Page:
Tag Archives: mail coach

The problem with Thomas KINGHORN

30 Apr

Despite discovering more about Thomas KINGHORNs occupation as mail guard, I still have very little hard information about the man himself.

Thomas KINGHORN married Margaret SEWELL on the 5th May 1803 in St Cuthbert’s Church, Carlisle, Cumberland. They had six children, all baptised in St Cuthbert’s:

1. John KINGHORN (baptised 30 Oct 1803)
2. Mary KINGHORN (baptised 03 Aug 1806)
3. Thomas KINGHORN (baptised 13 Mar 1808)
4. Abraham KINGHORN (baptised 10 Jun 1810)
5. Elizabeth KINGHORN (baptised 19 Mar 1815)
6. George KINGHORN (baptised 11 May 1817)

In all the entries Thomas is shown as a mail guard. The entries for John, Mary and Thomas don’t show a residence, but the entries for Abraham, Elizabeth and George have the residence as Moffat (of North Britain) and Abraham’s entry states the parents are late of Carlisle.

On the 25th October 1808, Thomas was involved in a mail coach accident in which he was injured, “severely cut about the head”.

Thomas had died by the time his son Thomas was married (for the second time) in London in June 1850, as he is shown as deceased on the certificate. I have been unable to find him in the 1841 census and there doesn’t appear to be a death entry for him in the civil registration indexes, so he probably died before July 1837.

So not really a lot to go on, he was alive definitely alive between 1803 and 1817, he worked as a guard on the mail coach and had six children with his wife Margaret.

The key fact I would like to establish is where and when he died. This will hopefully give me a clue to his age and year of birth. Given his occupation, his death could have occurred almost anywhere in the country, and his place of birth may not have even been in the north but he may just have been working there and meet a local girl.

To try and find the man himself, I am going to have to make my next step to try and establish what happened to the rest of the family, I think I have found his wife in the 1841 census (back in Carlisle), which is a good start as I should be able to find her death certificate which may provide some clues, such as where to look for a burial record for both of them.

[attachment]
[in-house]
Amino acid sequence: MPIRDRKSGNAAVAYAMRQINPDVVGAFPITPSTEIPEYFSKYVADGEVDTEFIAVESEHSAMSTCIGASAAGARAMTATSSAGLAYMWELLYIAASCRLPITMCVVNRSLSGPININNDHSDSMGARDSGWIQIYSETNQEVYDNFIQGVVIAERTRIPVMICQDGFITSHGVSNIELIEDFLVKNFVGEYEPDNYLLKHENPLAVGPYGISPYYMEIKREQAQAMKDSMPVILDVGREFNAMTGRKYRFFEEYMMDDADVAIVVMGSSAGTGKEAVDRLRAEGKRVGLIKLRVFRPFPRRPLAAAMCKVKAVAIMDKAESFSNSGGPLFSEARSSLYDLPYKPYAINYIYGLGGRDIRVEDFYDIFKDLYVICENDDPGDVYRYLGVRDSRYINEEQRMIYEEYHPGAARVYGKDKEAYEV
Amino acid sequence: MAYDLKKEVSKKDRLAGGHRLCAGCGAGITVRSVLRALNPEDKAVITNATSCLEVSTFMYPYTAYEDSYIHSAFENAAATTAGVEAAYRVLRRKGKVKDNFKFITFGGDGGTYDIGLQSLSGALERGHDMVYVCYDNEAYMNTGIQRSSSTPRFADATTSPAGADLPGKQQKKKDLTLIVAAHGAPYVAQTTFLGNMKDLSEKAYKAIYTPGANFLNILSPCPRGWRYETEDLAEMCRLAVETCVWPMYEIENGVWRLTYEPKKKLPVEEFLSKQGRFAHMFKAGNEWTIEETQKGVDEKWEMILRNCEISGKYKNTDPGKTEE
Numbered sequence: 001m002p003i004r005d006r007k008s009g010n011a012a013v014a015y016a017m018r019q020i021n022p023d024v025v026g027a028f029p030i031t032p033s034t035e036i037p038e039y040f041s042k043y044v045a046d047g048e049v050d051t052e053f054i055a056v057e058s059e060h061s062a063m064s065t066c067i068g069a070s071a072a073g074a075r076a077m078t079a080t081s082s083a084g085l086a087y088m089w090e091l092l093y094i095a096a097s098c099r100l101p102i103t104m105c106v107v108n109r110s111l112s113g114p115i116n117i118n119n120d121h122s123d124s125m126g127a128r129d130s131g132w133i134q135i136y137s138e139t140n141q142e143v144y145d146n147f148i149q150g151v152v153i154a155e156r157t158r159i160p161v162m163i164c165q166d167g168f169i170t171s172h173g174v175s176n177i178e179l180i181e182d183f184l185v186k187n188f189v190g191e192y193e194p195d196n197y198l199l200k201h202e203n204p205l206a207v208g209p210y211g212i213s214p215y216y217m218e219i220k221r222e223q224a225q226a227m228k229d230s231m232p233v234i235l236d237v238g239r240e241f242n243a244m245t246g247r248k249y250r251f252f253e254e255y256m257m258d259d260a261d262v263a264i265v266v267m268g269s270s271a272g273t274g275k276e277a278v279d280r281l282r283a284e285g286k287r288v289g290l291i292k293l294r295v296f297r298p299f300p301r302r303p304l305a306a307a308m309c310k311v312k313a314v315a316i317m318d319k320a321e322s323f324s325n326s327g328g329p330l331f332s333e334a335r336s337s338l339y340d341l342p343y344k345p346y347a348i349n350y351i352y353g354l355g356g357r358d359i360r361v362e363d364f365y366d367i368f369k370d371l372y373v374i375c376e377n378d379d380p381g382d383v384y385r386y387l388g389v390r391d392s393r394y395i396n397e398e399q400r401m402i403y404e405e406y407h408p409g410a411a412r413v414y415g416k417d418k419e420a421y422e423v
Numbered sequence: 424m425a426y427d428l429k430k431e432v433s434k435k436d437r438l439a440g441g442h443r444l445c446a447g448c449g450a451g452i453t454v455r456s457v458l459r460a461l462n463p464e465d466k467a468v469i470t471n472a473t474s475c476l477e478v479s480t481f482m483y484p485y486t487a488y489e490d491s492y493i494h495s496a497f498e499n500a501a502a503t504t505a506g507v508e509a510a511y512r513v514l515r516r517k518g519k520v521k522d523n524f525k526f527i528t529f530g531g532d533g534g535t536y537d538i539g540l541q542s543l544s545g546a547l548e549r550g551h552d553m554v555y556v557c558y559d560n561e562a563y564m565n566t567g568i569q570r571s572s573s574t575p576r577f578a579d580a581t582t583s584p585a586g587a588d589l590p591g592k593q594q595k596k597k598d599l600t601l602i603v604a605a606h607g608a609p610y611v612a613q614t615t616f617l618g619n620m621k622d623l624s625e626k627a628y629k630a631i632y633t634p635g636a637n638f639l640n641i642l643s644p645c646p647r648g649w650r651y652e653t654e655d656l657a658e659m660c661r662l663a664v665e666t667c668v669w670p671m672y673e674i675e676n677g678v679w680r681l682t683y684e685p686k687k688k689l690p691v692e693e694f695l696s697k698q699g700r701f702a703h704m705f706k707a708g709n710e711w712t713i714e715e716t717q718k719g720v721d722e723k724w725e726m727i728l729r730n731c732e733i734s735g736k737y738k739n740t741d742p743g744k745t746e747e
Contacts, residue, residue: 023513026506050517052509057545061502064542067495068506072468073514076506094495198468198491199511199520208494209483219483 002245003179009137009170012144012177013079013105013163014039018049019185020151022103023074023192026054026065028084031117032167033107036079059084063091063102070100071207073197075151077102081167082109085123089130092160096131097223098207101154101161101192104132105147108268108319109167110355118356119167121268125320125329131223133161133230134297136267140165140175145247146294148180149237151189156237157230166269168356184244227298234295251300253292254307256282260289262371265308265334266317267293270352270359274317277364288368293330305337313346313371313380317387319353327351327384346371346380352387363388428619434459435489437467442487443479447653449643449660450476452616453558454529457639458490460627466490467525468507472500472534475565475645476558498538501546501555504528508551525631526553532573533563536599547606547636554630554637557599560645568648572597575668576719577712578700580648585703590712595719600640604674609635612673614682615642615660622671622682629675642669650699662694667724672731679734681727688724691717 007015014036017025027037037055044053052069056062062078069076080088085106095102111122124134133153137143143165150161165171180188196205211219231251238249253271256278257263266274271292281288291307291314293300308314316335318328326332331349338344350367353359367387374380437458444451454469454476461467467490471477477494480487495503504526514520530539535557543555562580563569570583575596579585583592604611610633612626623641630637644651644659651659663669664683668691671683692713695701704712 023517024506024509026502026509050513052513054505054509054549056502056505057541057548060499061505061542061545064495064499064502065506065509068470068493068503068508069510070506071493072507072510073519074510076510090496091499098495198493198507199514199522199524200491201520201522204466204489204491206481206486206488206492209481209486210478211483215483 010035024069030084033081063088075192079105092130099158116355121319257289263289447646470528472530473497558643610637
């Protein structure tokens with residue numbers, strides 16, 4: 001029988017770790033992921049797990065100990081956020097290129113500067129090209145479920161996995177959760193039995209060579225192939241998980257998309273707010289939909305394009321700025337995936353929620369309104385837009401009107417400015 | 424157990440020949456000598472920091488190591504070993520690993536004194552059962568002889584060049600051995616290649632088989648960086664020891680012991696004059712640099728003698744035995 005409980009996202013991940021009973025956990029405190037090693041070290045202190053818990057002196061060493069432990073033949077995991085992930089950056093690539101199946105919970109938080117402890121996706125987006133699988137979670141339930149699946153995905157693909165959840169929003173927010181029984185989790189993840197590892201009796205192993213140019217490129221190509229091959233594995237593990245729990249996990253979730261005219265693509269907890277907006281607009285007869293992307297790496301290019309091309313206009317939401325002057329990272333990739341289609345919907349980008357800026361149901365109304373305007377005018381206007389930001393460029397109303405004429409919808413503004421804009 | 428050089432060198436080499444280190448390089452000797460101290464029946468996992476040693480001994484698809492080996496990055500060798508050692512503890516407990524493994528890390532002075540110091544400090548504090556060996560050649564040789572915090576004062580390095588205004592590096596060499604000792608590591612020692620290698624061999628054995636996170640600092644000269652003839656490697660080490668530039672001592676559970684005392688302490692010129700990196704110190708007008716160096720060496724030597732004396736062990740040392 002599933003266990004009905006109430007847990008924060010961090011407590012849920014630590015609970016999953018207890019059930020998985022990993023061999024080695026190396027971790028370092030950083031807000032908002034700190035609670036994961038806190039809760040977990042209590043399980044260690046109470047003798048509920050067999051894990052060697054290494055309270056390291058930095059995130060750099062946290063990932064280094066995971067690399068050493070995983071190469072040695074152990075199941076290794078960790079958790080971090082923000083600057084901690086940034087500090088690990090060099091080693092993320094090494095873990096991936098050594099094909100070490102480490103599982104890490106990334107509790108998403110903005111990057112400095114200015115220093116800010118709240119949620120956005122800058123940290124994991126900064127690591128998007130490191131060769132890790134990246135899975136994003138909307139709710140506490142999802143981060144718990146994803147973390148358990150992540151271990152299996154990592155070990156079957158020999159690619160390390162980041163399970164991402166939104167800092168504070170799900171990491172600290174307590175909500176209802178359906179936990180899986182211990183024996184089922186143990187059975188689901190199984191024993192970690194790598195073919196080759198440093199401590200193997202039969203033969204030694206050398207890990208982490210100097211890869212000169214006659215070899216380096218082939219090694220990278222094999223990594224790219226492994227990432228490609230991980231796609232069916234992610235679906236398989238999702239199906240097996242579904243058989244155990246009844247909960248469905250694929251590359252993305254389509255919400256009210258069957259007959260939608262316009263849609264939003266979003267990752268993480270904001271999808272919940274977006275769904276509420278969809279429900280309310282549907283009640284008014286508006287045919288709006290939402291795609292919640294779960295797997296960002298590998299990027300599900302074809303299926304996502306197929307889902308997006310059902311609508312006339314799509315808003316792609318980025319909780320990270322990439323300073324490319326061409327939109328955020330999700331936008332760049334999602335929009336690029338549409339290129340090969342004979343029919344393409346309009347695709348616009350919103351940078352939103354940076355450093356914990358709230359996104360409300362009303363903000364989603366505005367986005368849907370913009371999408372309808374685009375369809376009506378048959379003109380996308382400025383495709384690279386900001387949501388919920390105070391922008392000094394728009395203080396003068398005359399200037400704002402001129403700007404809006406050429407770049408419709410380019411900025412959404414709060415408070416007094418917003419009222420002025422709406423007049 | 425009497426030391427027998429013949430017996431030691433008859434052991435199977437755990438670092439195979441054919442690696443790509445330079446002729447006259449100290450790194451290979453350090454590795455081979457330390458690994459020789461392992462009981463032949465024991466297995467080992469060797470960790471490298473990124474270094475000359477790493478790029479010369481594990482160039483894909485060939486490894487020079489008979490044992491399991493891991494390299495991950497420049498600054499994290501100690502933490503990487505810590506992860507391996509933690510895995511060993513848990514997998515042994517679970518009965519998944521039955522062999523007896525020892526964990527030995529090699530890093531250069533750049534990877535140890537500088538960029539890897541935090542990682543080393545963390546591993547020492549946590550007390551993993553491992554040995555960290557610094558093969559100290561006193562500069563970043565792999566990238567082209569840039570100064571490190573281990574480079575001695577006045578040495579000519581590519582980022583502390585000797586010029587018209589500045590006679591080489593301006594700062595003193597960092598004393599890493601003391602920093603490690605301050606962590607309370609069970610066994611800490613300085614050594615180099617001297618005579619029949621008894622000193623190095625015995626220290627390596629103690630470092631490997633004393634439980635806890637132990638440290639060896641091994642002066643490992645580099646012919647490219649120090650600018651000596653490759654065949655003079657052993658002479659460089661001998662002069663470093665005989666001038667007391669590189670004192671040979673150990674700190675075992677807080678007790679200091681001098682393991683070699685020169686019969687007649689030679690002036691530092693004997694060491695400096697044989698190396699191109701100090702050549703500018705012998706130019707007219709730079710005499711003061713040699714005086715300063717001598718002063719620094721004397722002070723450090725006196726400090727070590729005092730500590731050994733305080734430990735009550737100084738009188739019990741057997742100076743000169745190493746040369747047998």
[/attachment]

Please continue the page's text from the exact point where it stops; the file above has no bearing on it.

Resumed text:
Why I am proud to say that Thomas KINGHORN was a mail guard

29 Apr

I appear to have been neglecting my Thomas KINGHORN research recently, I think the problem is that I have very little information to go on, there is very little I can do online and it is almost completely new territory to me.

I have however not been completely idle, I am in the middle of reading The Mail-Coach Men of the late Eighteenth Century1 which I have borrowed from my local library, although I think I am going to have to buy a copy for my own bookshelf.

There is some wonderful detail on the origins of the mail coach service, and the people involved in setting it up and running it. There is also some great general information on mail guards such as:

… the key-men were the mail-guards. Everything depended on their integrity, their loyalty, their tireless zeal in the discharge of their arduous duties, their hardihood of body as well as of mind.

There was also something else which might give me another place to search in the records:

The pay was 10s. 6d. a week; in addition, there were regular tips, seldom withheld by the public and not discouraged by the Post Office. There was provision for sick-benefit and retirement pension and a contribution of two guineas towards the funeral expenses of a guard.

I don’t think Thomas lived long enough to gain a retirement pension, but maybe his widow received some form of pension, and probably the two guineas towards his funeral.

It appears that the mail guard was not just responsible for the safety of the mail, but was in charge of pretty much every aspect of the operation:

He was responsible for giving the word to go, for the maintenance of speed, the conduct and sobriety of the coachman, and for taking action when breakdowns and other mishaps occurred.

On this final point the author also notes that:

It was part of his training to go through the shops of the factory at Millbank and carried a considerable kit of tools and spares to effect roadside repairs.

What I am seeing is a picture of a man who had to be resourceful, honest, reliable, strong, intelligent, courageous and loyal (amongst other things). It makes me proud to say that my 4x great grandfather was a mail guard.

1 Vale, Edmund. The Mail-Coach Men of the late Eighteenth Century. Newton Abbot, Devon: David & Charles (Publishers) Ltd, 1967

Thomas KINGHORN narrowly escapes with his life

15 Apr

I had one of those jaw dropping moments this afternoon, I was idly Googling Thomas KINGHORN (as you do) and one of the results a long way down the list was a link to a book published in 1885 entitled The Royal Mail: Its Curiosities and Romance (by James Wilson Hyde) within the Internet Archive.